Harbinger of Change

My weekly newspaper column:


Autumn (Photo credit: blmiers2)


  “Autumn, the year’s last, loveliest smile.” ~ William Cullen Bryant

 Autumn. Fall. A new season is upon us. It is a magical time of year and envelopes the end of summer with two seemingly opposed celebrations: Thanksgiving and Halloween. But I am getting ahead of myself here—there will be time for both of these festivities—juxtaposed as they are in the coming month.

            We still have a few days left of September where two seasons meet—one fades away as another takes the reigns. The changing of seasons reminds us of the passage of time. I try not to wish away time anymore which I suppose comes from knowing I have fewer years ahead of me than behind. There is certain wisdom in this, but also a determination that the best is yet to come. Not because wonderful things have not happened in the past, but that is the past, it is the present that should be paid attention to, paving a way toward a future, uncertain though it may be.

            I have been patient to this point, not bringing out too much of my fall décor until it was officially fall, but now all bets are off. Never mind that I have had my fall wreath on the front door for several weeks, or have changed up some of the candles to fall plums and pumpkin, or have an ornamental pumpkin sitting on my coffee table. And yes, just last week I gathered a few pinecones from beneath a tree at the park and have them nestled in a wooden box. Unbridled,  I will bring out my collection of pumpkins, my silk autumn leaves (okay they are not silk but suffice to say they are not plastic), and the rest of the flotsam and jetsam of autumn I keep boxed up waiting for this glorious time of year. {I often reflect how now I use the words glorious and lovely and other words of gush that at one time I would not have gone near with a ten foot pole—dare I say that entering the early (early—did I stress early?) fall of my life I am less reserved, more liable to effusiveness? }



Fall PEEC (Photo credit: Wikipedia)

 I find that I am not the only one enamoured with the fall. In a way, I find others loving my favourite season a bit intrusive, making it no longer mine. But over the years I have learned to share, and in that sharing learned to appreciate it even more. I remember as a student, walking along the sidewalk to school, shuffling along in the leaves that had fallen; and looking around to see that no one was watching, then kicking them up, creating a mini-furor of colour. There is nothing better than walking through fallen leaves in the fall, the sound of the crisp crush under footfall.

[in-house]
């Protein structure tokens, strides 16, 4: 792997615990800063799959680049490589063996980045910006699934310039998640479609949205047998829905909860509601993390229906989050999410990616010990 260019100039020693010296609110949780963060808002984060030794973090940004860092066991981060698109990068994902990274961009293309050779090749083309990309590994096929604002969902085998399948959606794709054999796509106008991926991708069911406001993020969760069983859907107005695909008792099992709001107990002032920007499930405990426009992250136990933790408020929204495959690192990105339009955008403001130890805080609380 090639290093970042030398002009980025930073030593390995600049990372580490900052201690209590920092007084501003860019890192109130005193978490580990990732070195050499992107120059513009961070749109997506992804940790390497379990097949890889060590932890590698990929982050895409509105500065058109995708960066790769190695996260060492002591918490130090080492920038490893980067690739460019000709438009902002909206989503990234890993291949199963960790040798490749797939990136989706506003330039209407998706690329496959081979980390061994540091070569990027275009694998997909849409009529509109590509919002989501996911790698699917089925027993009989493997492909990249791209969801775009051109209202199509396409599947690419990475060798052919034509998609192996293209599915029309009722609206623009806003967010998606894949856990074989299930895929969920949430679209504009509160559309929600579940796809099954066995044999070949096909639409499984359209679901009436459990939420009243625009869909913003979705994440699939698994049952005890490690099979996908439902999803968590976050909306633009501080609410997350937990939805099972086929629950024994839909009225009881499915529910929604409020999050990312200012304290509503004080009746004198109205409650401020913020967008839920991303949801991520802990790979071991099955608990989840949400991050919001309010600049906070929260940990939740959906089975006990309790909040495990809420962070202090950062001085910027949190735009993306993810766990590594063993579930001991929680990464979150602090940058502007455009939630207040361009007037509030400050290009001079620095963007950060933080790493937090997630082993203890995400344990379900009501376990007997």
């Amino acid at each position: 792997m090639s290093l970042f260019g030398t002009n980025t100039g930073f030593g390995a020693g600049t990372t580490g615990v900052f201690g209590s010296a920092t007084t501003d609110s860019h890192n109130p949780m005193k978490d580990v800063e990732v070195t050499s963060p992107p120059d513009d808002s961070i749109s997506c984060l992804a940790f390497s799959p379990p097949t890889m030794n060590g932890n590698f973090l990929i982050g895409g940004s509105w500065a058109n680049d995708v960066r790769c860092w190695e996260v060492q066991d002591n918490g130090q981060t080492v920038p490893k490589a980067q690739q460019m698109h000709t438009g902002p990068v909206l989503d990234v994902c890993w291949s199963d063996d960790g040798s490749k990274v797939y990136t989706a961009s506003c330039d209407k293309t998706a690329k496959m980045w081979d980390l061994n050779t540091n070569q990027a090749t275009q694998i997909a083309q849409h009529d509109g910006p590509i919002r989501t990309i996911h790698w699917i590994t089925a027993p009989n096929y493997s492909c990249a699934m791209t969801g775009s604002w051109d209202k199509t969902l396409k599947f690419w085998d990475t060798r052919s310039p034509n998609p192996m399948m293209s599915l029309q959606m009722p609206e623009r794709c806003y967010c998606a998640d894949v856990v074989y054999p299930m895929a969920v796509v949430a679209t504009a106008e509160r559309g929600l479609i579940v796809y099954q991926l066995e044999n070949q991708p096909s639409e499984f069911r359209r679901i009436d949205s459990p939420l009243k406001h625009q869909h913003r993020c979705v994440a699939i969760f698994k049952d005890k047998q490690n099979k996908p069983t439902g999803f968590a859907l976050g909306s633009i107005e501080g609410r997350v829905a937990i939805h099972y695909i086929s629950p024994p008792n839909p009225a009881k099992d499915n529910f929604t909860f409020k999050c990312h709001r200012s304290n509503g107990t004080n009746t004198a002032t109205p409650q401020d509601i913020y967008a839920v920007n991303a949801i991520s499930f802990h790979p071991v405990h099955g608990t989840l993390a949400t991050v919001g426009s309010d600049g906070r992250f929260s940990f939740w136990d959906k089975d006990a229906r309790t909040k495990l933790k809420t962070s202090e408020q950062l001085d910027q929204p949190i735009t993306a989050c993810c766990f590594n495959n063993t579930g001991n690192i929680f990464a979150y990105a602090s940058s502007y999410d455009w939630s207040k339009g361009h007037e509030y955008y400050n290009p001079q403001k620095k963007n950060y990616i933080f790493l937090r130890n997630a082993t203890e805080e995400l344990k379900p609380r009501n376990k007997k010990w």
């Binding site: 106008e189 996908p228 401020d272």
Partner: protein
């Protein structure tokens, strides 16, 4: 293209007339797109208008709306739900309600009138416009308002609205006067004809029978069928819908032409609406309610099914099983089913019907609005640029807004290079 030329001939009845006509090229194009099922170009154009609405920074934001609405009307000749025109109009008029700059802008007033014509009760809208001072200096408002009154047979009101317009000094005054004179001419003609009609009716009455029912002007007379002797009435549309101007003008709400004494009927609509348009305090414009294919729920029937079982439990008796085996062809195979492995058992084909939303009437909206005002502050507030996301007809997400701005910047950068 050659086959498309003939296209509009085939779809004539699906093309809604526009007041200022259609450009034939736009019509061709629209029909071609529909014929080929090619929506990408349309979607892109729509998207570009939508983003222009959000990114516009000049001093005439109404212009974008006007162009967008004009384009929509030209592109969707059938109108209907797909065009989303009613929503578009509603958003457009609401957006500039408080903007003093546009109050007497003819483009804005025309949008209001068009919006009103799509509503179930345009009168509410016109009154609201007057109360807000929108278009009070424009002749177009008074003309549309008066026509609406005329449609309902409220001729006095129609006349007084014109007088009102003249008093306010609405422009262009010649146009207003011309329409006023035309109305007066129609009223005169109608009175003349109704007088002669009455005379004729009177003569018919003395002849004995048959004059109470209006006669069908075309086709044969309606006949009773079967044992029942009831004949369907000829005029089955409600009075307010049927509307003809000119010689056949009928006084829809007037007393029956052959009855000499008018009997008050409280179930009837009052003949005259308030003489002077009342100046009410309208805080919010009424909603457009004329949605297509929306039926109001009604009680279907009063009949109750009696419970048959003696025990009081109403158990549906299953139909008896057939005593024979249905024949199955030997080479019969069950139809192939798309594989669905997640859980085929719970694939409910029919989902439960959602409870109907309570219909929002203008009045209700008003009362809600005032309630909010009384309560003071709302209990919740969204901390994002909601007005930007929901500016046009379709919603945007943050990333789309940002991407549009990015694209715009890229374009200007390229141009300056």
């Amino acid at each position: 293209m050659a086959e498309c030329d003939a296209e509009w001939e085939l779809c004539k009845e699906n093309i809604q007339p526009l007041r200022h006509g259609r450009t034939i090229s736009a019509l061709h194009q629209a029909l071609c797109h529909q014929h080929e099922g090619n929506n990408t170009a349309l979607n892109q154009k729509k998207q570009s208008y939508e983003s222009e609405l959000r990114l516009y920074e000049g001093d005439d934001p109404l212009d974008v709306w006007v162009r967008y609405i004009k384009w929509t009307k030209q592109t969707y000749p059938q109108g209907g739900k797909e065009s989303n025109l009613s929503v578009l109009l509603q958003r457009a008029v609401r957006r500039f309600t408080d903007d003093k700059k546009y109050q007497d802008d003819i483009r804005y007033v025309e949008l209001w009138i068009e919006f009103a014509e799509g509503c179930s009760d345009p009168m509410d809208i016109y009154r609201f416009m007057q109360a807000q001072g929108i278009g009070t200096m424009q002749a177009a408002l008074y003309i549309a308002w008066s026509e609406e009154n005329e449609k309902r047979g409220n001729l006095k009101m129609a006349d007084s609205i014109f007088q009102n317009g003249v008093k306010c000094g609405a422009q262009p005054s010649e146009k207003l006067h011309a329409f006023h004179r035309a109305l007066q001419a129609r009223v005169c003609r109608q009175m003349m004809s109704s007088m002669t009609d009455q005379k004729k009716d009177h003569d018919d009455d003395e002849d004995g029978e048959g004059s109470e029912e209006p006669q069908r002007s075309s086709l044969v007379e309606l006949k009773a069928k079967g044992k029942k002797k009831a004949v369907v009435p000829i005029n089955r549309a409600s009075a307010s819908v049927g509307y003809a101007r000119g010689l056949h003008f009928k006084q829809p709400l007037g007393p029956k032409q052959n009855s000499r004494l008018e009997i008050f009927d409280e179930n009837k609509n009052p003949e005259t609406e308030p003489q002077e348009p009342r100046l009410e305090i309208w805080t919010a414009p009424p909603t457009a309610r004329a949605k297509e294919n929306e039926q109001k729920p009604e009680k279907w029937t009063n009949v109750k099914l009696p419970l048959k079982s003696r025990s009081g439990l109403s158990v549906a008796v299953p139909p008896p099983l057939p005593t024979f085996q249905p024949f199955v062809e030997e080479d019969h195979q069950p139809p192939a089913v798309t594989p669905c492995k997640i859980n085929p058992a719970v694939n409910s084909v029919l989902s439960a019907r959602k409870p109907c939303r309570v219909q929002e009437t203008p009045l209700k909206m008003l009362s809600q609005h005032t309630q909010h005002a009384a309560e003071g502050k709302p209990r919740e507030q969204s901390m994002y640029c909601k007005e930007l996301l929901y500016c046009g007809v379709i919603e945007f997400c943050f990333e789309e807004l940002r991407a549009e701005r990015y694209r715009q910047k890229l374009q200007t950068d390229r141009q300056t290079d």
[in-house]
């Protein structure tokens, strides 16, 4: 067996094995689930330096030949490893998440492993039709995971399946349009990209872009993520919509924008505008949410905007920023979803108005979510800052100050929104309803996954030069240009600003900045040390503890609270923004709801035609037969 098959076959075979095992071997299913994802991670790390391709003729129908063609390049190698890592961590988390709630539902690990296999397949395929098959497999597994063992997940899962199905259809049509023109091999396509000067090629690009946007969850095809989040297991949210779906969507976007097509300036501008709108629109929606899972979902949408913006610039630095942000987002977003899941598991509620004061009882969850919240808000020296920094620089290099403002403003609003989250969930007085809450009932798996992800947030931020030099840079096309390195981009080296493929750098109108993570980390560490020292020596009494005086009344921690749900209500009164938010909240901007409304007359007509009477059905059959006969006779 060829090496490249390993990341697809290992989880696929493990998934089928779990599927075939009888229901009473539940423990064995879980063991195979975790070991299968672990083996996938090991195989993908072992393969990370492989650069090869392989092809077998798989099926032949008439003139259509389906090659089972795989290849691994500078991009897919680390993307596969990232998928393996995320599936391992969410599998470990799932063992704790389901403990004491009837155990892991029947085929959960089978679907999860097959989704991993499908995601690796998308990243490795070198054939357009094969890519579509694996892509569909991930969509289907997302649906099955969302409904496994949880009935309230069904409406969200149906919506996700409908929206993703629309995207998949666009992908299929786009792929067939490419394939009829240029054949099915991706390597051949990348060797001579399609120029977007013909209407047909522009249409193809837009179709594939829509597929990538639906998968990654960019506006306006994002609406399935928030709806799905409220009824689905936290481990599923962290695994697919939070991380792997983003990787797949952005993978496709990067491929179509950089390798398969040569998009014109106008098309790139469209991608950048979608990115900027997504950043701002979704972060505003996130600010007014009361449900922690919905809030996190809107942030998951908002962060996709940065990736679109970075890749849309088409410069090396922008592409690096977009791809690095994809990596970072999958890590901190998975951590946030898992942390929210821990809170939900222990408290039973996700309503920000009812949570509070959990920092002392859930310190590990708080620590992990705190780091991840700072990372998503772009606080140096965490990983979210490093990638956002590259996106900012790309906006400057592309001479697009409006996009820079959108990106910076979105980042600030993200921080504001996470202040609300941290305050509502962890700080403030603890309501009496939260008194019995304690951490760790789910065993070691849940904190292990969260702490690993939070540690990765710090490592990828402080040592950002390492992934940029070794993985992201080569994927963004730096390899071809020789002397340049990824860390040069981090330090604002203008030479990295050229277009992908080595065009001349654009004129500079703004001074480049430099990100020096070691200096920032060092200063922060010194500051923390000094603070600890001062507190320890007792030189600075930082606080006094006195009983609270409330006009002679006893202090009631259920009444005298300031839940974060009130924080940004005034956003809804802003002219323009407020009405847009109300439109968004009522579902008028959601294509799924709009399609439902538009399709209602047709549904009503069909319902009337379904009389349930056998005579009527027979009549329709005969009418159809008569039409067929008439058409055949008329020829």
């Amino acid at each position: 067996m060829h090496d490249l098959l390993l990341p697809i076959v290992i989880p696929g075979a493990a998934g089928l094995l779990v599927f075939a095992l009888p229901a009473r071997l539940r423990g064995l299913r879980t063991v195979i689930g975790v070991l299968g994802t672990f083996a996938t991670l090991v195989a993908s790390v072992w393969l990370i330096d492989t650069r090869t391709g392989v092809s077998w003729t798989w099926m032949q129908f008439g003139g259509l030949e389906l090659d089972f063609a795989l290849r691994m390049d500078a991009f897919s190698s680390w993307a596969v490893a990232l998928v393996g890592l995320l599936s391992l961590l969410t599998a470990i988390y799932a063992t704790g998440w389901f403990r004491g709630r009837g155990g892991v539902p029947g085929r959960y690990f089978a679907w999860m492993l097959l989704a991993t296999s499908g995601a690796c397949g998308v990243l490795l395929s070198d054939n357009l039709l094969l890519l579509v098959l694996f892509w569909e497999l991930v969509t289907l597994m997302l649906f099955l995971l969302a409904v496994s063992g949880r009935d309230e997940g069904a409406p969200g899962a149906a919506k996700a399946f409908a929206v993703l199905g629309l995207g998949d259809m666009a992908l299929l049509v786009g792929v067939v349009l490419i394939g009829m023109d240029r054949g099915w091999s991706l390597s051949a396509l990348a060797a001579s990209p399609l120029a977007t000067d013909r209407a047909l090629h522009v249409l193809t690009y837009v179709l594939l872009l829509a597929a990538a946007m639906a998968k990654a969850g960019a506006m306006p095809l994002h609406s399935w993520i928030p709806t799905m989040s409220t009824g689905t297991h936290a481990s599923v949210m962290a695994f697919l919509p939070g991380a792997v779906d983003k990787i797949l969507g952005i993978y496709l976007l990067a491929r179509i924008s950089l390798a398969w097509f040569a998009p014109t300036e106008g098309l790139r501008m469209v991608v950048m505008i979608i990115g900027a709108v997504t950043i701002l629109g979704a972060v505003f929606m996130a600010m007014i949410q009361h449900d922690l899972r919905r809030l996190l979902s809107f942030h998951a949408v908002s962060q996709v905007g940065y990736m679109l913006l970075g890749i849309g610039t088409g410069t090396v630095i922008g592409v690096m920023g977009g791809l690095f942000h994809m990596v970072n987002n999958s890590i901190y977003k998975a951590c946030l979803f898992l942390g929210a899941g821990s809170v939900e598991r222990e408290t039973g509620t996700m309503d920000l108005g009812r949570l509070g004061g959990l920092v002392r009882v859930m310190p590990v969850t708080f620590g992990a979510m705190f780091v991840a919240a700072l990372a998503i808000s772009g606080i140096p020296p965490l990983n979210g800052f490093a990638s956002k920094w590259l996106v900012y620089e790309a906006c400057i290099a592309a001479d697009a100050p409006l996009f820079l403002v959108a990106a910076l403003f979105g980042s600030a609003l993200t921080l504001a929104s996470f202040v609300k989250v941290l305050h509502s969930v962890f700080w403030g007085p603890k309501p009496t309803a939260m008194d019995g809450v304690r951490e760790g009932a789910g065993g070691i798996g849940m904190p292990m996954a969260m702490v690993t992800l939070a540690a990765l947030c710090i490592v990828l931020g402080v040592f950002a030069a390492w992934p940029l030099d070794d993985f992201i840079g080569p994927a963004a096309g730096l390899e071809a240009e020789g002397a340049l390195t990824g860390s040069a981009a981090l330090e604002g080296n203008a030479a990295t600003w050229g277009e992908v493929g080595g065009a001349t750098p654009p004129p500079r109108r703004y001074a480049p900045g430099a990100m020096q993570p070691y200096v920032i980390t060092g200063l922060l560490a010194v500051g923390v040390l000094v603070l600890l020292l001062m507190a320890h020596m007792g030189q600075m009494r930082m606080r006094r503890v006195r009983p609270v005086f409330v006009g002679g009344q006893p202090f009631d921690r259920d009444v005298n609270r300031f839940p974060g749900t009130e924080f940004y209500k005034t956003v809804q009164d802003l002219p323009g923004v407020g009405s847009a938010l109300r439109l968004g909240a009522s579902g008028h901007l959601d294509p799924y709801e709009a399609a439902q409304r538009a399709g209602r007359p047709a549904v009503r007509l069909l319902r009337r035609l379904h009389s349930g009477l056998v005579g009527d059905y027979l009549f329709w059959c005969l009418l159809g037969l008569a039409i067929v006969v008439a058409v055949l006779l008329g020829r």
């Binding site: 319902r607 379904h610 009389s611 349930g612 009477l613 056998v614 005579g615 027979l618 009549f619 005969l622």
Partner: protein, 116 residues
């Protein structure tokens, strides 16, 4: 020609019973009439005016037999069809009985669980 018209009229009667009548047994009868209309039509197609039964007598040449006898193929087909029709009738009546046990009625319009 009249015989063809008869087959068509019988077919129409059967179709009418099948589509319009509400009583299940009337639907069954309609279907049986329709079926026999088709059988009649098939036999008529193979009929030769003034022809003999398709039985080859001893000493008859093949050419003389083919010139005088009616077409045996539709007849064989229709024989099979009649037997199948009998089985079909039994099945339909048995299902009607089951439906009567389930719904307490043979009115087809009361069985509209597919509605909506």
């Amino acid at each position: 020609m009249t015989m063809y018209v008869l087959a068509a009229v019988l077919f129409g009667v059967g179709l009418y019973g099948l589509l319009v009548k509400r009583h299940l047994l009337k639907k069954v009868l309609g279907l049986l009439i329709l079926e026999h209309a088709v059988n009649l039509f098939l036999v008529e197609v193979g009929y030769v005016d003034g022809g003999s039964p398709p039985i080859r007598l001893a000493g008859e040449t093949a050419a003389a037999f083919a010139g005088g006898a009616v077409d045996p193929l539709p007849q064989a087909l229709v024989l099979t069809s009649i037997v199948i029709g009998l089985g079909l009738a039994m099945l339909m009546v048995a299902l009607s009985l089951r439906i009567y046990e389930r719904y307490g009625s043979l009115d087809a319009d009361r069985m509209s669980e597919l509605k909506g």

I will share a few quotes I found that speak to me of autumn, that share my fervour for the season that precedes winter. Perhaps my favourite is this one from nature loving author and journalist, Hal Borland: “Autumn is the eternal corrective. It is ripeness and colour and a time of maturity; but it is also breadth, and depth, and distance.”       

            Writer George Eliot (Mary Ann Evans) declared, “Delicious autumn! My very soul is wedded to it, and if I were a bird I would fly about the earth seeking the successive autumns.” Lavish in her ardour for fall, I can quote the dear lady freely and feel that I will never attain her ebullience (in other words using “lovely” and “glorious” will still in no way put me in the same poetically lyrical class as this great writer).

            Rebel philosopher, Albert Camus said that “Autumn is a second spring when every leaf is in flower.” And Samuel Butler declared something in the same vein saying, “Autumn is the mellower season, and what we lose in flowers we more than gain in fruit.” Elizabeth Lawrence is a lady after my own heart—she believes that “Even if something is left undone, everyone must take time to sit still and watch the leaves turn.” I can only imagine the patience this would take if one took her advice literally.

            I hope you have enjoyed our autumn journey, and if you were not a fan before—perhaps I have persuaded you at least a little to join me in the celebration of this new loveliest and glorious of seasons. (yes, my tongue is wedged firmly in cheek here).